This page will be about our cactus garden and those cacti grown in our home.
Our Cactus garden is on the side of a hill.
We also have some at the entrance to our driveway.
We have doubled the size of our cactus garden.
Night Blooming Varieties!
These pictures of Echinopsis Eyresii were taken before it bloomed this year. It bloomed the night I took this picture and because of our cool, rainy unseasonable weather was open for almost a week, until more of the blooms also opened. We had at least four blooms at a time on 2 occasions and still have more blooms to go.
This is a night blooming cactus that has blooms at least six inches wide. It's blooms last only one night and it's fragrance is powerful. I have been told this is a Echinopsis Eyresii.
It's flower is red before opening and is very white when open. This picture was taken in the evening as it just started to open.
The Arizona Queen of the Night Peniocereus Greggii is known as the Sweet Potato Cactus in some localities,and as Night Blooming Cereus in other places, a night blooming cactus having flowers about 13 inches in diameter, with white petals and golden sepals. It has a evanescent beauty and spicy fragrance. It appears to be a dried, dead seeming stick of stems that blend so well with its surrounding vegetation. Beneath the shallow root system is a large tuber that weighs up to 50 pounds. This tuber functions as a food and water storage compartment to sustain the plant thorough long periods of drought. The flowers last only one night closing as the sun grows bright in the morning. The flower appear in late July and the red, egg-shaped fruit ripens in September. The Indians used this fruit for jams and jellies. The tiny black spines are arranged in groups of ten or twelve to a cluster, with clusters lined up like a row of insects along the outer portion of the ribs. They extend the full length of the stems and branches. It compensates for its unattractiveness when it flowers. The picture at left was taken at 3 a.m. in total darkness against the fence that separate our homes in Tucson.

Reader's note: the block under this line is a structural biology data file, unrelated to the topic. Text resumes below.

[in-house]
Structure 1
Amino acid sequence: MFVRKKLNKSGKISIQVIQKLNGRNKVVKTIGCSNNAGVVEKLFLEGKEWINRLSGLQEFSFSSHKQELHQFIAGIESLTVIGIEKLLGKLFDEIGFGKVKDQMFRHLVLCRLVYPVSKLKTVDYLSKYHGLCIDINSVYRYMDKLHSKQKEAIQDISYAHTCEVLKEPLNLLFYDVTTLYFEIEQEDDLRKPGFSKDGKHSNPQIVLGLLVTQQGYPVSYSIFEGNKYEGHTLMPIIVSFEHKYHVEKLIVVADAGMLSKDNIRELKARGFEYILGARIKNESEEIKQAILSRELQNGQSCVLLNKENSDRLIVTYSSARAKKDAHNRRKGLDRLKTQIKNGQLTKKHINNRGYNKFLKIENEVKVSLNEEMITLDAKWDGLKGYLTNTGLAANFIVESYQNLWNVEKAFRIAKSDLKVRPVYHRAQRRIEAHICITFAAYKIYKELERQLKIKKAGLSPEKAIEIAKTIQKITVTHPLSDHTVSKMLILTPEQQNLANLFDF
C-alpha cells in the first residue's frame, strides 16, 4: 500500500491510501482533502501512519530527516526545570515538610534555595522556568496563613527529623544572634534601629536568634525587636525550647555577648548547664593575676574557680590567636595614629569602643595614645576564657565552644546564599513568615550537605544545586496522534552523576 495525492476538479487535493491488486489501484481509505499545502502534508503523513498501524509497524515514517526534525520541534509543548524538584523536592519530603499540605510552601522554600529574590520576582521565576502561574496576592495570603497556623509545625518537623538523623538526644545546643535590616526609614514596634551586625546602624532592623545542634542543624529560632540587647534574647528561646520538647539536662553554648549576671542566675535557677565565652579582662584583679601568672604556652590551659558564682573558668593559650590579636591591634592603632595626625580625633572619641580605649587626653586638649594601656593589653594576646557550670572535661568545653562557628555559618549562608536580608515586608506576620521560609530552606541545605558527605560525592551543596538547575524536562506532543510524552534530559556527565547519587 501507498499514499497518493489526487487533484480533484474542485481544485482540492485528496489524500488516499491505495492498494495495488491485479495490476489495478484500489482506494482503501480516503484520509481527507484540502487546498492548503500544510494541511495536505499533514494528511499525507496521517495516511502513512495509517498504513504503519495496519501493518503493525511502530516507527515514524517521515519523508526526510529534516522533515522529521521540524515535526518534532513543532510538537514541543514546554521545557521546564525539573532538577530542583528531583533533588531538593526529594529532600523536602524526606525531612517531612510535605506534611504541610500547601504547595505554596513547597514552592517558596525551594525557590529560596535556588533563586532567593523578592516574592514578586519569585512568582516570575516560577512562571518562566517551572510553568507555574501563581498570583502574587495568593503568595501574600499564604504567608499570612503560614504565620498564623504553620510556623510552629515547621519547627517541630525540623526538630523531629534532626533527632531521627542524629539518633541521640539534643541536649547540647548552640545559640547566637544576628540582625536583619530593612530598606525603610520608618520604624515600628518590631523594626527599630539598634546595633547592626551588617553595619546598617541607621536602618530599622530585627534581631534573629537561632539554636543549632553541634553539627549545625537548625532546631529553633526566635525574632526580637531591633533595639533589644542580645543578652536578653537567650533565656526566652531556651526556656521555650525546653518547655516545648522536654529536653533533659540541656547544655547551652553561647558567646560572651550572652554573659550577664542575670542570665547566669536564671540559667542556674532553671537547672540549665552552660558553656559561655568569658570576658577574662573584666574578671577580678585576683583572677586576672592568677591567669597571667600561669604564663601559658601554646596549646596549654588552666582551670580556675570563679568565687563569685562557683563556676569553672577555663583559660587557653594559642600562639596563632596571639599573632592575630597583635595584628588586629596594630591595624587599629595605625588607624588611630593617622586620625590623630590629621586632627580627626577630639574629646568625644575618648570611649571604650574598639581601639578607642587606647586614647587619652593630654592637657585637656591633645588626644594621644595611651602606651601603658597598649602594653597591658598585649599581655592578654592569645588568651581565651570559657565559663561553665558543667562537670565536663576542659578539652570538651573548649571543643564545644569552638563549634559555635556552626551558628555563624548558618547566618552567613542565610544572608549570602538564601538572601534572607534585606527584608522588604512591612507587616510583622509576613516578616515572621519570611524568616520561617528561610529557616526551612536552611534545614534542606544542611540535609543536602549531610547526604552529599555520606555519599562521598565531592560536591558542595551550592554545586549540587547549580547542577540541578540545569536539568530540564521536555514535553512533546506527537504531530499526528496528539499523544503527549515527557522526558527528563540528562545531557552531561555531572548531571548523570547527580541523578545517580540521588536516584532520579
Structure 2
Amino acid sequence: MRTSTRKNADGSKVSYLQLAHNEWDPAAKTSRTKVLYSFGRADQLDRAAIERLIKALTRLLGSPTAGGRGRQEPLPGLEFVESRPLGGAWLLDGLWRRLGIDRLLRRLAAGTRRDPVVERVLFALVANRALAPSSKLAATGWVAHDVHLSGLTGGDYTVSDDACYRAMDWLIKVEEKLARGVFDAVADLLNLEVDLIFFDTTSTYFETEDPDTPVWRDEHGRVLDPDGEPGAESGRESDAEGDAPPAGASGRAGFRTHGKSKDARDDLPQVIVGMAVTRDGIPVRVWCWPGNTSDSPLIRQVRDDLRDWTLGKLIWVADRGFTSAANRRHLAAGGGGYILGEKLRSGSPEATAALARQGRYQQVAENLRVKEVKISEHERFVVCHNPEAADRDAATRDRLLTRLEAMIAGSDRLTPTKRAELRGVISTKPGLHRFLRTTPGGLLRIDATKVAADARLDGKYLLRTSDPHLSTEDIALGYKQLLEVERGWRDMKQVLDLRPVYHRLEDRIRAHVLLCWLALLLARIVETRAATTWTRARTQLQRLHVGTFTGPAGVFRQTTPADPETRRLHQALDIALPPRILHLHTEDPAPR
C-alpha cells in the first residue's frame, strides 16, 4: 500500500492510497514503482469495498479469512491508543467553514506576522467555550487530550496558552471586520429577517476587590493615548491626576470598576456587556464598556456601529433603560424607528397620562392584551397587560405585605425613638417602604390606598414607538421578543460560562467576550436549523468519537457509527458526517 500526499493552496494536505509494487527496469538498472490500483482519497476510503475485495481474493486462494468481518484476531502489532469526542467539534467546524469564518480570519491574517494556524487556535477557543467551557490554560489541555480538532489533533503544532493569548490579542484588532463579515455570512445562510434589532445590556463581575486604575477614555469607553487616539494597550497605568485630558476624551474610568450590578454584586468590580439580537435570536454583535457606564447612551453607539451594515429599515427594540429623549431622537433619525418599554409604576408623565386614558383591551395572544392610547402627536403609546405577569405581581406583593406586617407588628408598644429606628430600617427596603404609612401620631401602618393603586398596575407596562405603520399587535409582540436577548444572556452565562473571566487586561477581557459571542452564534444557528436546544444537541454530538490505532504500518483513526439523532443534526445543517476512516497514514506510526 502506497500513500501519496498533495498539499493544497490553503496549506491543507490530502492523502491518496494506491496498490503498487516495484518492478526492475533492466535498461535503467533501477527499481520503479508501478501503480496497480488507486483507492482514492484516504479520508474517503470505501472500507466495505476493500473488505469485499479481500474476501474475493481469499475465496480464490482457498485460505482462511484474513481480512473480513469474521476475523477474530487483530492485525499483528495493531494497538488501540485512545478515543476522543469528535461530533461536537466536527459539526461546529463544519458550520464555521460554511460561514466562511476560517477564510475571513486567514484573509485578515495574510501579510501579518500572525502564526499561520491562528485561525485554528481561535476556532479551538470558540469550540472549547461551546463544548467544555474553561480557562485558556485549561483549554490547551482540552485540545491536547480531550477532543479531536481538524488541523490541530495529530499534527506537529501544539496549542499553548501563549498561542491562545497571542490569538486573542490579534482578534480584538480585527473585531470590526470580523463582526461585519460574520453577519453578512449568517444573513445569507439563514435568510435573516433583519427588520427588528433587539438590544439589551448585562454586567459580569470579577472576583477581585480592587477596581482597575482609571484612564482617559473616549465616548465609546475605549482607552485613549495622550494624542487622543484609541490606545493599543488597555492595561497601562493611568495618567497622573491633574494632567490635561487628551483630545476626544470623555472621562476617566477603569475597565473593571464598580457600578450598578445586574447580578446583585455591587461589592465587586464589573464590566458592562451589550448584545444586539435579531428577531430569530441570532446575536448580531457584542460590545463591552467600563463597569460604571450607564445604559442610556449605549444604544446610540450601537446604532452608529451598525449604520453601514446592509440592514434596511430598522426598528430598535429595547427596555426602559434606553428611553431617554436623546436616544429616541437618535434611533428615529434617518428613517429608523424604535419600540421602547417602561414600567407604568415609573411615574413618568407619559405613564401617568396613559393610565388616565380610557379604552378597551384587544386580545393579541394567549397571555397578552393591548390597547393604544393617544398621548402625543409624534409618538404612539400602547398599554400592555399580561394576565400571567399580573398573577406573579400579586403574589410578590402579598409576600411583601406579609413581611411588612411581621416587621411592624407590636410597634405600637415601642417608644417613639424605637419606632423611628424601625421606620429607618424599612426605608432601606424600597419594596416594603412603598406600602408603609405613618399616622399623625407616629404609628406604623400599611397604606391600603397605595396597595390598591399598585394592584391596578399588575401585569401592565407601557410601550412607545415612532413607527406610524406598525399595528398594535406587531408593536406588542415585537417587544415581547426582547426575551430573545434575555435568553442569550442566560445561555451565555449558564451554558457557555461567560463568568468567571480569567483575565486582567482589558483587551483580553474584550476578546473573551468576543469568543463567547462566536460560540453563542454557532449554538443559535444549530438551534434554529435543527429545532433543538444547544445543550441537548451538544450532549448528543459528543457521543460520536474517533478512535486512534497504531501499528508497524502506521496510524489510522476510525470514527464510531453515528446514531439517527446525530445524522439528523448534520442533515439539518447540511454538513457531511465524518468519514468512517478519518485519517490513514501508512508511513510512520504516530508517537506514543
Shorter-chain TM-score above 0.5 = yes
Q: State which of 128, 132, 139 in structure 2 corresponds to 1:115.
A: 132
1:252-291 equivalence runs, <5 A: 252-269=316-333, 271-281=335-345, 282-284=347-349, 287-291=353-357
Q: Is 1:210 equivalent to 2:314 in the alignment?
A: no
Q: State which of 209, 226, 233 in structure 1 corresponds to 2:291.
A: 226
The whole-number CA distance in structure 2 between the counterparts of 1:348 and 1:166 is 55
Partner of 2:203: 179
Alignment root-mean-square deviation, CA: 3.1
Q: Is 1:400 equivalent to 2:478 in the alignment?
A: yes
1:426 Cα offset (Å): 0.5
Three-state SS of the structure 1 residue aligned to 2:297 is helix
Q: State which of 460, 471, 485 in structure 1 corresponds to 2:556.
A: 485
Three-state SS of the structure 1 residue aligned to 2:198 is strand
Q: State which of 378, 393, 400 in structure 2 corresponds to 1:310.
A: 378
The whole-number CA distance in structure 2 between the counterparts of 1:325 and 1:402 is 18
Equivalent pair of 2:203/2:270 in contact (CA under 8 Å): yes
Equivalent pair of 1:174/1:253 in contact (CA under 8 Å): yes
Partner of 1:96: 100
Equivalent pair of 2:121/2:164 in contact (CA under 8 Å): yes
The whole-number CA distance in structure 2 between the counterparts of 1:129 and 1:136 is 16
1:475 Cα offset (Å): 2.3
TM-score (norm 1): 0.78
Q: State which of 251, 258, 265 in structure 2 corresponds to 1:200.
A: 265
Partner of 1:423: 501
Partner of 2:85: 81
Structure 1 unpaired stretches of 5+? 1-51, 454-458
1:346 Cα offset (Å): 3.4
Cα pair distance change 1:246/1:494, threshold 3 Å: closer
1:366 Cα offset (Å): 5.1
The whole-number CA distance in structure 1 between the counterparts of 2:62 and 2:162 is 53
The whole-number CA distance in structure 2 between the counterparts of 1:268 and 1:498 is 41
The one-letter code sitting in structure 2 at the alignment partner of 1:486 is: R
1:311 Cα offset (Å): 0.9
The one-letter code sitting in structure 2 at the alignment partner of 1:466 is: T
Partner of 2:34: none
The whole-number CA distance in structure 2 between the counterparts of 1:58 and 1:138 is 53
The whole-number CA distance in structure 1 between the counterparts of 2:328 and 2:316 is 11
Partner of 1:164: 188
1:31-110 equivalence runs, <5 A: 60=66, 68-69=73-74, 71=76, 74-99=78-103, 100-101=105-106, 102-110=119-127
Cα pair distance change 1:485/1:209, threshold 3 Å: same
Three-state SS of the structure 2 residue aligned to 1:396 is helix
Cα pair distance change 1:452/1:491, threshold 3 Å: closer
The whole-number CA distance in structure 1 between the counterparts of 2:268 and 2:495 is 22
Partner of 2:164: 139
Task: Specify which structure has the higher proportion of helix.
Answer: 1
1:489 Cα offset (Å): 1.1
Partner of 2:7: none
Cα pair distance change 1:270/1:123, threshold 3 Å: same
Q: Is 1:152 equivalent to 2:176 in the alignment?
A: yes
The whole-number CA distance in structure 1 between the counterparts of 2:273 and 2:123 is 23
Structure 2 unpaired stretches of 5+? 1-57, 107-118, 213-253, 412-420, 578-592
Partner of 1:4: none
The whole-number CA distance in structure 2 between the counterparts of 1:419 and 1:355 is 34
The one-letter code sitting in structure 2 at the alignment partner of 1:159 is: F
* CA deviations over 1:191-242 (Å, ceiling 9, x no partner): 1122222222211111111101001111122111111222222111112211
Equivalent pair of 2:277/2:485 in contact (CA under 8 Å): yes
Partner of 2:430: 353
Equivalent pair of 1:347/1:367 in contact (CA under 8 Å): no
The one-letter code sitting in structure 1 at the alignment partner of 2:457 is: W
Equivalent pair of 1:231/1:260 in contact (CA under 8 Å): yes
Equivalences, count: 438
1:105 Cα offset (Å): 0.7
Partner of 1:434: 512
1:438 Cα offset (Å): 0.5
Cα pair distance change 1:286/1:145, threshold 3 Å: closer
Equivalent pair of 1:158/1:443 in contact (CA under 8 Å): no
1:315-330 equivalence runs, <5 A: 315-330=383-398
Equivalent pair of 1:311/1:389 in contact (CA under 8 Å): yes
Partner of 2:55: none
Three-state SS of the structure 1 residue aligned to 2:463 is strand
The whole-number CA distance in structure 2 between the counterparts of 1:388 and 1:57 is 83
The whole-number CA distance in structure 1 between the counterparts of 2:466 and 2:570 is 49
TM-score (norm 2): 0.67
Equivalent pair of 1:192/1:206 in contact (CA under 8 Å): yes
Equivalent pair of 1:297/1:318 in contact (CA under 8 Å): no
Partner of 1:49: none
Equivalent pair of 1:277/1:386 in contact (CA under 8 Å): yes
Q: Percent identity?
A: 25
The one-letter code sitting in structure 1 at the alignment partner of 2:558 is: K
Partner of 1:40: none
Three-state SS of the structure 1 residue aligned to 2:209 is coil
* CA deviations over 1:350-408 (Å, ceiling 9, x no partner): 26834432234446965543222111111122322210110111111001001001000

The Midnight Lady Eriocereus Bonplandii blooms in June.
The Green Sirens Eriocereus Pomanensis Blooms in June.
The Blue Cereus Cereus Hexagonus blooms in June or July.
The Torch Cereus Trichocereus Spachianus blooms in June.
This is Princess of the Night cactus that has blooms at least six inches wide. It's blooms last only one night and it emits a strong vanilla like fragrance. It's flowers are up to 12 inches in diameter, with white petals and golden sepals is a Selenicereus Pteranthus.
This night blooming Pink Hedgehog cactus Echinopsis Scoullar have flowers on 4 inch long stems that are soft pink colored flowers, the flowers also only open once and at night. The group Echinopsis are low columnar plants. This particular cactus did well with snow on it for a week. This happened in the winter of '98 and they all seem to be handling it rather well. Especially since most things tell me that it will not handle those temperatures. These picture were taken first at night and then first thing in the morning.
This night blooming beauty may be the Torch Cereus Echinopsis Trichocereus spachianus it is very common, and I'm told very easy to grow. The white flowers of this plant are about 5 inches in diameter. It is doing well here in the foothills both in the ground and a pot. Thanks Ulf for identifying this.
was a complete shock to us this year, as it was to have been another Torch Cactus
Echinopsis Trichocereus spachianus, so we planted it in our garden and
it has been blooming for three days now and is such a beautiful yellow. It opened
the first morning and has been showing it's beauty to us ever since, not closing
up after one night as a Torch cactus normally does.